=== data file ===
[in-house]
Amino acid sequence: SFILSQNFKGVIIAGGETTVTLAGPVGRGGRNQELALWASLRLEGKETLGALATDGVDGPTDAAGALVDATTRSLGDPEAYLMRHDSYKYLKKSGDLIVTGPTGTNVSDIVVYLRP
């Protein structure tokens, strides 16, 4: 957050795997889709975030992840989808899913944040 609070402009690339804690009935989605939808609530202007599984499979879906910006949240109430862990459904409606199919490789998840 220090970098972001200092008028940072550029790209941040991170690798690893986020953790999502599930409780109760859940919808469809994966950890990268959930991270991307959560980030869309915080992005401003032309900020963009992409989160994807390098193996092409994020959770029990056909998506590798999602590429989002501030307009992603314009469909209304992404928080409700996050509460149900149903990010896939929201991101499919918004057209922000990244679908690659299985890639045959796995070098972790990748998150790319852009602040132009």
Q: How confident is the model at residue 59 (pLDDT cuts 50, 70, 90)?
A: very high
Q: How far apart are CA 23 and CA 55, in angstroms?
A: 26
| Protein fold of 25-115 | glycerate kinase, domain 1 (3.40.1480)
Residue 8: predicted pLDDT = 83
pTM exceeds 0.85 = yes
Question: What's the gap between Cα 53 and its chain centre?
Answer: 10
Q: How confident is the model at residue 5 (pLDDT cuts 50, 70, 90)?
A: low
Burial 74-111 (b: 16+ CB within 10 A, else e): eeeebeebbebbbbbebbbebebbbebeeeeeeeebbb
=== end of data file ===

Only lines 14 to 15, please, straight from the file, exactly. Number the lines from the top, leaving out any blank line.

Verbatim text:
A: low
Burial 74-111 (b: 16+ CB within 10 A, else e): eeeebeebbebbbbbebbbebebbbebeeeeeeeebbb